Posted by Terri McCormick On November - 3 - 2013

politicalanimalA political animus (political animal) has little to do with gender, ethnicity or religion. In fact, gender is indeterminable. Far beyond any differences in anatomy or stereotypes of male or female; black, white, Asian, Latino, or Native American; or religion is a psyche that can only be attributed to the political class. All we need do is study the proverbial political fish tank to cast some light on what is meant by “political animus.”

Those thriving as politicians swimming in their proverbial “schools” often do so as the beneficiaries of their respective sharks in their front rows. With the self-purported generosity of individuals and groups paying homage to the sharks in the front row, cash for campaigns is assured. The term leadership, in the context of front-row politics, has spawned what I will refer to as “pisci-humus,” a political animal all its own. As you look at the political fish tank, there are the sharks on the top (closest to the fish food); the swimmers in the middle, who remain close to their constituents; and the bottom-dwellers, who catch the droppings from the top.

There are political outsiders who have not been brought into the inner circle and the intimate deal-making and trading that goes on to ensure that the top feeders (the front row) remain in power. But decisions are not made for the greater good or even on behalf of the ideology of one political party over the other. It is all about keeping the front row in power—or it was, up until the majority shake-ups in the 2006 midyear elections.

There are visionaries, or “idea people,” who make up the swimming class. These individuals are usually swimming against the current, unless they are brought up into a holding tank and judged as to just how hungry they are for a seat near the front. Often, the swimmers are thrown to the back row because they raise questions of ethics or refuse to fall in line when orders from the front row violate the rule of law. Unfortunately, these swimmers are destined for failure—they just can’t stop doing what they believe is right.

Somewhere in between, we have combinations of all types of candidates and legislators. It is in this gray pool of water that the “go-along-to-get-along” politicians live. If they connect with the sharks on the top of the tank, they soon believe that they, too, must become predatory to get along in the world of politics. At times, this go-along-to-get-along group can include over 70 percent of the legislative body.

Meantime, the wannabes are jockeying for position continually. They are not a part of the top feeders in the front rows of either political party, and they are not a part of the middle swimming class. The wannabes support the power of the status quo in the hope that they will be promoted up. They will do anything to support the people who are making deals in the front (on the top of the tank). They are often swayed by and join forces with the predatory fish on the top of the tank. Their hope is that some of the crumbs will fall their way. The front row makes the rules and skews the game of politics to their own interests. Consider campaign cash as fish food—it is a wise shark that guards the food for itself. In direct conflict with this political-gender swimming on the top are those who work for change and believe in citizen-led legislatures. It takes much more effort to swim against the current of the status quo of self-interest than it does to generate new ideas and call for reform on behalf of the people. What is the result of this fish-tank politic? There are many more politicians who are coerced or are comfortable with the old-style politic of falling in line than with the new politic of swimming upstream.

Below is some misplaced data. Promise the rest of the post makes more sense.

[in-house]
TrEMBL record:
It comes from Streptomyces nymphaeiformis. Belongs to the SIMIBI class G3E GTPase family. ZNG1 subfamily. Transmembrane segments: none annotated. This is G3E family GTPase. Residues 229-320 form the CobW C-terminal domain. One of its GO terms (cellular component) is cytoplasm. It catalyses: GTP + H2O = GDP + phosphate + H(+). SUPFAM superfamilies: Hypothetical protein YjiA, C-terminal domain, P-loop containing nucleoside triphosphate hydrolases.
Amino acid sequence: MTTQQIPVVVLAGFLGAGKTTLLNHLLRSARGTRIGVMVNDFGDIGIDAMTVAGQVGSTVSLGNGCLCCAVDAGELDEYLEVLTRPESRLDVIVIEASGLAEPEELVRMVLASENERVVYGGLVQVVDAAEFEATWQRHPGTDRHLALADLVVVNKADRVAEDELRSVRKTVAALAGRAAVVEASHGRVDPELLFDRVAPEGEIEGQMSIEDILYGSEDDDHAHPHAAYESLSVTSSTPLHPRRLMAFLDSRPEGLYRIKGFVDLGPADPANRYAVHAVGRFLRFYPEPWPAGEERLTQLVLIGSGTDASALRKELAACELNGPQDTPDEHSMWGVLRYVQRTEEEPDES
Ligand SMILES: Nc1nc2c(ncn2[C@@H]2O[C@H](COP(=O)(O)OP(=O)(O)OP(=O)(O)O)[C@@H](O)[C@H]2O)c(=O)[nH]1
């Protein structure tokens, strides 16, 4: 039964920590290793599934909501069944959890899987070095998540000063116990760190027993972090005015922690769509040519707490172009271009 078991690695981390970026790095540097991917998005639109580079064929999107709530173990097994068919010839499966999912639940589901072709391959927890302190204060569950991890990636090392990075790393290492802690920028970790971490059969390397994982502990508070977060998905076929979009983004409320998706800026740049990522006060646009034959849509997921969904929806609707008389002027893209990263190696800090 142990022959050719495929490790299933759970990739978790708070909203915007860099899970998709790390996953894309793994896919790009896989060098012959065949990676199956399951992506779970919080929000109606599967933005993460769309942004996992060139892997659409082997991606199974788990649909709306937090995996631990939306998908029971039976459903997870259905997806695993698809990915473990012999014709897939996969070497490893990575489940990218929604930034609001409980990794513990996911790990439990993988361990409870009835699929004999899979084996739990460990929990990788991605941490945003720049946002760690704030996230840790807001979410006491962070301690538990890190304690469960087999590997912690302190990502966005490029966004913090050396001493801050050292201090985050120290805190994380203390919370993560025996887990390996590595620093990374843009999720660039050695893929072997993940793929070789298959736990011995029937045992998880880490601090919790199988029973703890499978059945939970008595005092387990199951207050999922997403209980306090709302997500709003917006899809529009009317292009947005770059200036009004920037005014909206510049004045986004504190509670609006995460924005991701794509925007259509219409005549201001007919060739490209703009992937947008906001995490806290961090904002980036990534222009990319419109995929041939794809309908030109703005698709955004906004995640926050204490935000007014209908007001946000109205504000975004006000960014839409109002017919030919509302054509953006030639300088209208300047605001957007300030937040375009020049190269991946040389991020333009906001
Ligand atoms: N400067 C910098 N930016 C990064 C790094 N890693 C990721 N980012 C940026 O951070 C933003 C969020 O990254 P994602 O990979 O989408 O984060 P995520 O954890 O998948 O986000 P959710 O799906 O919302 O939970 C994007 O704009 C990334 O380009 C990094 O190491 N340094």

My favorite minority class of political fish is the up-and-coming outsiders! This class in the political ecosystem represents those who are waiting for an opportunity to lead and have their ideas heard. Often, this group doesn’t have an opportunity to present their ideas because of the nastiness of the predatory top feeders, but this group of swimmers simply cannot be bossed or bought—and they are infuriating to the front row. Despite the obstacles and games played, it is this group of swimmers to whom the American people’s hopes and dreams are entrusted.

Consider the following example: If you are a citizen voter, you use the say/do ratio in your thinking—determining the ratio of what a politician says to what he or she actually does. The political class says many things while proclaiming beliefs and party platforms. Republicans, for example, are often associated with the idea that we should tax less and spend less of the public’s money. Take a look at the following spending issue as it relates to ….To continue reading this book, get your copy of “What Sex is a Republican” in paperback or Kindle edition on Amazon.

About the Author:

Terri McCormick is an author, policy expert, educator, and former state representative to the Wisconsin State Legislature. Today, she offers her expertise in public and government relations through McCormick Dawson CPG Ltd., a trusted consultancy of independent contractors.

Ms. McCormick serves as president and CEO of the company, drawing from more than two decades of professional experience, a strong educational foundation, a host of industry-related publications, and a multitude of accolades, awards and formal recognitions. Holding a Master of Arts in administrative leadership from Marian University, and a Bachelor of Science in political science and public administration from the University of Wisconsin, Ms. McCormick received both degrees with high honors.

“What Sex is a Republican?” is sold on Amazon in both the paperback edition as well as Kindle editionRead reviews on Amazon here.

Terri McCormick honored for excellence in government relations by Cambridge's Who's Who industry experts